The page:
Moms More Likely to Be Primary Breadwinner and Primary Caretaker, Survey Finds

Filed under: Work Life, In The News

leave it to beaver picture

Unlike the iconic June Cleaver, today's mom is likely to earn more than Dad, but still does most of the housework. Credit: AP photo/file

The recent death of actress Barbara Billingsley, best known as '50s TV mom June Cleaver, has sparked new conversations about the evolution of the American mom and her role today in the family and the workplace.

These reflections come at a time when women make up more than half of the people on American payrolls for the first time in history, with moms serving as the primary breadwinners in nearly 40 percent of all families, according to a report released this week by Working Mother.

The report surveyed more than 4,600 people across the country, including working mothers, stay-at-home moms, working dads and working singles, to examine the issue of mothers in the workplace. The findings reveal a number of significant shifts in attitude that have taken place in the past 25 years, since the magazine first began identifying its best companies for working mothers.

The survey found that moms who view their jobs as a career, rather than just a paycheck, are reportedly happier in nearly every aspect of life -- kids, marriage, friendships, spouses and the choice to work -- than moms who say they're working primarily for the money. These moms also say they earn more money and respect and have more confidence.

But it's not a hefty salary that leads a woman to label her work as a career vs. a paycheck; women say they feel they have a career when they have opportunities to develop skills and advance, feel supported and respected and believe their work fulfills a higher purpose than simply making money.

"This research reveals that women who embrace the long-term commitment that a career implies feel more satisfied and positive about every marker that we measured, including being 'in balance.' " Carol Evans, president of Working Mother Media, says in a news release.

In contrast to the stereotypical "old boys' network," working moms report male managers are among their biggest supporters. In fact, male managers were more likely than any other group, including working moms themselves, to say working mothers take on additional work, travel for work, take on stretch assignments, are willing to relocate for their job and are committed to career advancement.

"Once we have children, we start performing to the max," Marie Wilson, president of the White House Project, a nonprofit group that researches and advocates for female leadership, tells Working Mother.

Wilson says male managers develop a lot of respect for working moms when they witness the ensuing juggling act and see just how motivated and efficient working moms are, and how they're willing to go above and beyond.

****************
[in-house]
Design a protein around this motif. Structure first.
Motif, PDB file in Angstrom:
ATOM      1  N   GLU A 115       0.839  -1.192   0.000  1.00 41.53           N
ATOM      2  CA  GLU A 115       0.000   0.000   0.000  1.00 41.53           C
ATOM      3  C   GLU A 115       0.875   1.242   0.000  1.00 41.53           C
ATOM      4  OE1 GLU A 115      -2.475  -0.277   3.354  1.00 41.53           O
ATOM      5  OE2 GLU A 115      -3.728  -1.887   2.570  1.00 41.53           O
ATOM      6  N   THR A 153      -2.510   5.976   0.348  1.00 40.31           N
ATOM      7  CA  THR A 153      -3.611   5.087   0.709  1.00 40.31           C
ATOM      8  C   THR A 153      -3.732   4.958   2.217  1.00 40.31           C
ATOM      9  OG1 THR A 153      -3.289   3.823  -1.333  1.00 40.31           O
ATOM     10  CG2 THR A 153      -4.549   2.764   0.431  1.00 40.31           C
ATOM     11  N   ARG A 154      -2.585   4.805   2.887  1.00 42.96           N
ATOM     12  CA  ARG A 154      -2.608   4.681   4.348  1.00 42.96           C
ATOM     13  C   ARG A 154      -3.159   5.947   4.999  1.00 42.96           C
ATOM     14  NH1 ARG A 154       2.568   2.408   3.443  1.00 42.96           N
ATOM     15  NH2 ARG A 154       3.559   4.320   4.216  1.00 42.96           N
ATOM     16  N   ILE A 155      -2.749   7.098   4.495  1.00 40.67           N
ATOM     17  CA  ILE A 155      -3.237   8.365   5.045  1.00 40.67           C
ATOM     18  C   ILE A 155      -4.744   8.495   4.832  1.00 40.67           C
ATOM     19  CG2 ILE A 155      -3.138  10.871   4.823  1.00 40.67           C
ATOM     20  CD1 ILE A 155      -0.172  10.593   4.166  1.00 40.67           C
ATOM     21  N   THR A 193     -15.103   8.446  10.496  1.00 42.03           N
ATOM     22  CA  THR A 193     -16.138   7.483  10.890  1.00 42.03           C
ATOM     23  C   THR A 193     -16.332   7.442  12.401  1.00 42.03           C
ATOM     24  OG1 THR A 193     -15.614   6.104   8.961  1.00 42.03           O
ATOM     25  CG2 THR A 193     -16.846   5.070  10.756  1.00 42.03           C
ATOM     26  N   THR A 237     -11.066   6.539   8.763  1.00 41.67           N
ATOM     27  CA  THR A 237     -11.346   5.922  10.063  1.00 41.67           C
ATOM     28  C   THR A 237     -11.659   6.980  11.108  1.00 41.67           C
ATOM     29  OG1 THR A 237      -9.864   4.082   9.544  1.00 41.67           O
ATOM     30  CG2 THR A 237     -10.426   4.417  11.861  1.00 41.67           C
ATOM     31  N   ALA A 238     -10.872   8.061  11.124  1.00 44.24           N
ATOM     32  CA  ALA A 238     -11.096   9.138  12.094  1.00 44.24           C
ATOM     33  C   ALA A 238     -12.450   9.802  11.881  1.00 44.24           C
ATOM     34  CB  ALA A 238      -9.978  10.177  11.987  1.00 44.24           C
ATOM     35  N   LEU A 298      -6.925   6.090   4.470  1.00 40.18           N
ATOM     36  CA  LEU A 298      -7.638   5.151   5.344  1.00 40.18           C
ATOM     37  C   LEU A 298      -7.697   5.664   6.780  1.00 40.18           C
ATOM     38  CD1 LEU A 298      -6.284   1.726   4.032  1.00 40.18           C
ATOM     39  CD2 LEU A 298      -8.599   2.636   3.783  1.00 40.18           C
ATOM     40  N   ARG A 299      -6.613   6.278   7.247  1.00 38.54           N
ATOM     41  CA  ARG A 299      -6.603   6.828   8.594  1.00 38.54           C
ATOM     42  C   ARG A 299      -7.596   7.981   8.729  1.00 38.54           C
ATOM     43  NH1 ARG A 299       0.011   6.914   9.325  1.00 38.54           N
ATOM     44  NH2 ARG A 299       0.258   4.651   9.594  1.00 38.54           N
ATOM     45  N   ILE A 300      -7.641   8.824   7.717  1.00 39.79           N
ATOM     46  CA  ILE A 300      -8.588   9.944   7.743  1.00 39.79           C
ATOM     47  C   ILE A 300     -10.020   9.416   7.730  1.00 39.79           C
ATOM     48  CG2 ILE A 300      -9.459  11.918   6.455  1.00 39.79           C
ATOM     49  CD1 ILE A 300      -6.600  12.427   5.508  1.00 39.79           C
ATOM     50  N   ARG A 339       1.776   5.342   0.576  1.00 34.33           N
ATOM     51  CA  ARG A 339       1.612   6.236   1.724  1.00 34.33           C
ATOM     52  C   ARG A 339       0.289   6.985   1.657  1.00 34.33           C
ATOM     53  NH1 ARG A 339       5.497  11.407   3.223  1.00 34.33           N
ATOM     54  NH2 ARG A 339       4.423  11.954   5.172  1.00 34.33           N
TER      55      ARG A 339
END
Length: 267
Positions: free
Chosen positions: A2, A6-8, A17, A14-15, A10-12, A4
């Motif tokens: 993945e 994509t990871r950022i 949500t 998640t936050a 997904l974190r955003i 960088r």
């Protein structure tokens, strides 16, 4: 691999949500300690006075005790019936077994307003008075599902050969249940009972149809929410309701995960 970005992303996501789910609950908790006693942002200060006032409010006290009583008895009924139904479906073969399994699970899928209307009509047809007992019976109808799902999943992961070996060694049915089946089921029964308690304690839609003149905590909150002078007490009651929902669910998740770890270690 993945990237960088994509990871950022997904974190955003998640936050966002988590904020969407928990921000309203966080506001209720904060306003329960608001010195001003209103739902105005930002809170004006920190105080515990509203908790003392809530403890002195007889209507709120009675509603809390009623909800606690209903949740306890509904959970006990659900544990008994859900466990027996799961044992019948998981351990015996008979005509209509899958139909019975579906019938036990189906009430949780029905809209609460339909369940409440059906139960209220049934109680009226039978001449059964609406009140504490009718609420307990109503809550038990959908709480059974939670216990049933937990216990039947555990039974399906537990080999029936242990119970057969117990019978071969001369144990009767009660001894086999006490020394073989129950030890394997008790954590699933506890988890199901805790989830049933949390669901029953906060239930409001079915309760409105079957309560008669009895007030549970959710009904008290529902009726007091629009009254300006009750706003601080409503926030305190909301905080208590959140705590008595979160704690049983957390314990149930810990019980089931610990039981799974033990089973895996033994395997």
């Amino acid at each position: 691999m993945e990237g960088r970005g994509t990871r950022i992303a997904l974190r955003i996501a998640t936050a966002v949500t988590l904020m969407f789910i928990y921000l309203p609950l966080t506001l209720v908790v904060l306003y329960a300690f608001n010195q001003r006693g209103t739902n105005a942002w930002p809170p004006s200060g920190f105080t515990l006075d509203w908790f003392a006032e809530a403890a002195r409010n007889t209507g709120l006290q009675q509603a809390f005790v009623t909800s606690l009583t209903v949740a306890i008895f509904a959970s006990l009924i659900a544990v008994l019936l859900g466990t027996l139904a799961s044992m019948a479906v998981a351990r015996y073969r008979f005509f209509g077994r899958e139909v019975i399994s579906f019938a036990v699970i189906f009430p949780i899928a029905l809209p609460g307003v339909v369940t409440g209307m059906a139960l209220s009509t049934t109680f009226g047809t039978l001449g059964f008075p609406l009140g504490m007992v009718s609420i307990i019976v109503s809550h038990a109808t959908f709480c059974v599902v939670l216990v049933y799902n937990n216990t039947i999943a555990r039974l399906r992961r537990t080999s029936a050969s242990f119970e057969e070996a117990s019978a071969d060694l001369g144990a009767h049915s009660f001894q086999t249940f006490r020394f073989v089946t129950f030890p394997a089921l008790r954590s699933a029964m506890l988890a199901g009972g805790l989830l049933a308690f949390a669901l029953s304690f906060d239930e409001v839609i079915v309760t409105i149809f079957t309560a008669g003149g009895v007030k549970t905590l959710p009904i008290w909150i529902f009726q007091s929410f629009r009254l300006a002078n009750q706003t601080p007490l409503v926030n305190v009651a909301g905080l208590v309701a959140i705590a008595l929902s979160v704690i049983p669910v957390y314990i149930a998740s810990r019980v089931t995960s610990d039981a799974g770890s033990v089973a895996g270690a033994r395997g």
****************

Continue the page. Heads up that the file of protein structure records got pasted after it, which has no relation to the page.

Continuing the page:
And, apparently, those late night emails don't go unnoticed by male managers, who view them as evidence of the long hours many working moms put in, often catching up on their work in the evening, when the kids are in bed.

However, when men leave the office and go home to their own working spouses, the dreaded double standard rears its ugly head.

The same men who praise their dedicated working mom employees are more likely to say that one parent should stay at home to care for children. They were also more likely to say that, when a mother works outside the home, it negatively impacts her relationship with her children, according to the survey.

And, even though the United States has embraced the dual-income household, where there's a greater need for flexibility for both parents, flex is still viewed as a woman's issue, according to the report.

While moms say a flexible schedule is second only to stability and security when looking for a new job, men are more likely to have jobs that allow for flexibility and feel they can take off time when necessary, without fear of retribution.

It's different for women, who don't want to be stereotyped as moms -- they'll miss the soccer game but stay home when the kids are sick. And, when women do take time off, many moms compensate for it by using paid time off, according to the survey.

But flex time isn't the only inequity uncovered by the survey: When it comes to domestic chores, women were significantly more likely to say they should be split down the middle, yet fewer than half of the women surveyed say their spouses do their fair share. In contrast, the majority of men feel they're doing their fair share.

When mom is the primary breadwinner, couples disagree about more than just who should clean the bathroom. Fifty-nine percent of men surveyed said, in theory, they were comfortable with the idea of their partner earning more; yet, that comfort level drops to 42 percent when women actually are the breadwinners.

The study concludes that families today need to be open-minded because they can't just step into the same roles their parents played just a generation ago.

And, as far as the workplace goes, one respondent tells Working Mother that perceptions of what women can handle have yet to catch up with reality, "Because, of course, women are already handling it all."

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